Affections and Prayers

Therefore, my God, there is not a middle way; either I must be happy for ever, or for ever unhappy; either in a sea of delights, or in a sea of torments; either ever with Thee in paradise, or for ever afar off and separated from Thee in hell. I know for certain that I have often merited this hell; but I also know that Thou dost pardon him who repents, and that Thou deliverest from hell him who hopes in Thee. Thou assurest me of it, “He shall call upon me, and I will hear him ... I will deliver him, and bring him to honour.” (Ps. 95:15) Make haste, then, my Lord, make haste to pardon me and to deliver me from hell, I repent, O Highest Good, above every other evil, the having offended Thee; make haste to restore me to Thy favour, and give to me Thy holy love. If I were now in hell I could no longer love Thee, I should be compelled to hate Thee for ever. O my God, what evil hast Thou done to me that I should hate Thee? Thou hast loved me even unto death. Thou art worthy of infinite love. O Lord, do not allow me again ever to be separated from Thee. I love Thee, and I will ever love Thee, “Who shall separate us from the love of Christ?’ (Rom. 8:35) O my Jesus, sin alone can separate me from Thee. Permit it not, I pray Thee, by that Blood which Thou hast shed for me. Suffer me sooner to die.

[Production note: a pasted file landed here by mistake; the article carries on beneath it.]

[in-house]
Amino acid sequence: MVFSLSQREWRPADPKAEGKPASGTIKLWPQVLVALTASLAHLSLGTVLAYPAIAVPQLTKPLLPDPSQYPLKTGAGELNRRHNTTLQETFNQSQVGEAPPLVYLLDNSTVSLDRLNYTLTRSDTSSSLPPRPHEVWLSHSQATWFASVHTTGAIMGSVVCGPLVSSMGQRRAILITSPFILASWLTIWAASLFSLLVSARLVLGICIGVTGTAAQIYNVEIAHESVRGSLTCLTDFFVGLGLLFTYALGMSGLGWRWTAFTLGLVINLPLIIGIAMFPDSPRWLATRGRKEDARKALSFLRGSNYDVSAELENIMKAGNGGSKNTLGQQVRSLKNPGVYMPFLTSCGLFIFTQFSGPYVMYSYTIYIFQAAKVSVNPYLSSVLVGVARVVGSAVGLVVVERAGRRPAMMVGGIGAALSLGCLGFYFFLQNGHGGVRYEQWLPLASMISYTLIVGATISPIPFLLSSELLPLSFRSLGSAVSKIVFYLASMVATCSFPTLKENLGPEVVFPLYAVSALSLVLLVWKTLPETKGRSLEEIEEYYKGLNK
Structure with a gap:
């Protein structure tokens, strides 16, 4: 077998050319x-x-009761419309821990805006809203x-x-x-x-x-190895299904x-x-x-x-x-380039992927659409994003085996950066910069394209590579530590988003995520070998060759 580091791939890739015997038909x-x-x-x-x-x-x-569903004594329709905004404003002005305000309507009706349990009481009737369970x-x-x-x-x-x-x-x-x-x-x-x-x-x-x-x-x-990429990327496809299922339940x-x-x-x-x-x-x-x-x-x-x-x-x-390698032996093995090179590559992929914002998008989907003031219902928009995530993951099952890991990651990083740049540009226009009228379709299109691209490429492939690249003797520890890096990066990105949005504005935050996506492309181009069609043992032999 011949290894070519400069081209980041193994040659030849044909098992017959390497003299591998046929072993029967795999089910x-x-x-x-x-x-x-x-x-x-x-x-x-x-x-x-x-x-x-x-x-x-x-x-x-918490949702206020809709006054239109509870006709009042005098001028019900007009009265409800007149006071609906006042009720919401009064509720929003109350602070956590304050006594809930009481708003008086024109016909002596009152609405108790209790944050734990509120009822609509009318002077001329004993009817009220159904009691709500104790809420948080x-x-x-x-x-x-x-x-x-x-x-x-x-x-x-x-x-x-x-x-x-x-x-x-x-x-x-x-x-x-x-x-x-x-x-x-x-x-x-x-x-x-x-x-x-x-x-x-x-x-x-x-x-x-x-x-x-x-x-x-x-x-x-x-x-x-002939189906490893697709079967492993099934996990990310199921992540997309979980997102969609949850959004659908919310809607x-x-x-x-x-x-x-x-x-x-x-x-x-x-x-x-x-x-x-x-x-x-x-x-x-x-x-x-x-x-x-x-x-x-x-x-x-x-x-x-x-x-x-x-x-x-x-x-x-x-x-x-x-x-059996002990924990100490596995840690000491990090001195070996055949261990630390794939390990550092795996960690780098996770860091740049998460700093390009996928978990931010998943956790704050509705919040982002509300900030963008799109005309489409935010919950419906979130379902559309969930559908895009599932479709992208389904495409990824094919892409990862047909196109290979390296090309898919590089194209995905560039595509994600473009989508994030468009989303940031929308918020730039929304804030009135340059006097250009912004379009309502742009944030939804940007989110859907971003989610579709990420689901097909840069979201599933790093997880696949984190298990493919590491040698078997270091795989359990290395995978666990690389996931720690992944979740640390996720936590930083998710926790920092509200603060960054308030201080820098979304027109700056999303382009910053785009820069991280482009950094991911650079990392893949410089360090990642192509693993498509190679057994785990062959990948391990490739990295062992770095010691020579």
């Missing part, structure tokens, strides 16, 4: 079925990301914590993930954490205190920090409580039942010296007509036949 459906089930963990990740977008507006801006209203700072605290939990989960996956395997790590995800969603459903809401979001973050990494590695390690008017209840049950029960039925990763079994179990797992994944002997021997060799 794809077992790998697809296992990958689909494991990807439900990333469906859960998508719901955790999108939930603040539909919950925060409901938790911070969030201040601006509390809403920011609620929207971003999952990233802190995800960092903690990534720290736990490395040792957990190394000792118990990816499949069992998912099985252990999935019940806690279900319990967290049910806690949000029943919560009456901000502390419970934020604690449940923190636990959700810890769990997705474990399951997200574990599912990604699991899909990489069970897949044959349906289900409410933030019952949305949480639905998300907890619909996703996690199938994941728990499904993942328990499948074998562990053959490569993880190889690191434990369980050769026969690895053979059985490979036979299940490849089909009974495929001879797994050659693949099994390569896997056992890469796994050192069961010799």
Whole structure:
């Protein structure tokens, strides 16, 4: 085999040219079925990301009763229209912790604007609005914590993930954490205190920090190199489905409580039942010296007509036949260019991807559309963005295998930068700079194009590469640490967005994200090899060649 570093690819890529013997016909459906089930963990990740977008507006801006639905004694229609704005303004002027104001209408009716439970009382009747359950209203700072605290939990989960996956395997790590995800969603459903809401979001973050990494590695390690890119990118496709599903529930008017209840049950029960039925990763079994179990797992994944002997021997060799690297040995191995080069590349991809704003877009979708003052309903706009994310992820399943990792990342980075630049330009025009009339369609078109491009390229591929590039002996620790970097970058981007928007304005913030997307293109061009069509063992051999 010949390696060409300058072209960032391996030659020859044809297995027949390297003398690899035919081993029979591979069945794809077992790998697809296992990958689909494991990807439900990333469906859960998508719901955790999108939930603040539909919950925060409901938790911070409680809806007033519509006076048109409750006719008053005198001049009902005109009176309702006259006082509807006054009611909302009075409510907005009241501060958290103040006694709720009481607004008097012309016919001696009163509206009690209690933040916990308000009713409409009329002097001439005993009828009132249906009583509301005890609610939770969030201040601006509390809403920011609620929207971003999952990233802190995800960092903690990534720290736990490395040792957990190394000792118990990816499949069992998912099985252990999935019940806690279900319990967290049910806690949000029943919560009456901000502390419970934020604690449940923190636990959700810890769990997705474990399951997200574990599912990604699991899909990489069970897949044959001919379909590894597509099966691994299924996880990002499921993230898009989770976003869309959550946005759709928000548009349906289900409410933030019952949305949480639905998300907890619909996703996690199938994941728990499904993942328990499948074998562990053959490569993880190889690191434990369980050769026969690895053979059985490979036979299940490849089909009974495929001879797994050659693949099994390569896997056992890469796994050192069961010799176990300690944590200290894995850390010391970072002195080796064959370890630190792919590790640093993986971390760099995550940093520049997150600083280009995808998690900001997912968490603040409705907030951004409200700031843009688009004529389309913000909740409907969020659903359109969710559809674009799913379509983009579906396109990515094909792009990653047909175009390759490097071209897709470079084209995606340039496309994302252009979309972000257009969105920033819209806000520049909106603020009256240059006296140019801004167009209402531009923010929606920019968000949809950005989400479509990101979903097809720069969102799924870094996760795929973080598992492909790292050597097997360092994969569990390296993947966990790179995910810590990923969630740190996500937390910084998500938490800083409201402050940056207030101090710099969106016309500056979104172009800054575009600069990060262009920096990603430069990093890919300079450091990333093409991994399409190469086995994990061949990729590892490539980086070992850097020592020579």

[1] St Alphonsus refers to St Thomas More’s wife as Louisa, otherwise known as Alice.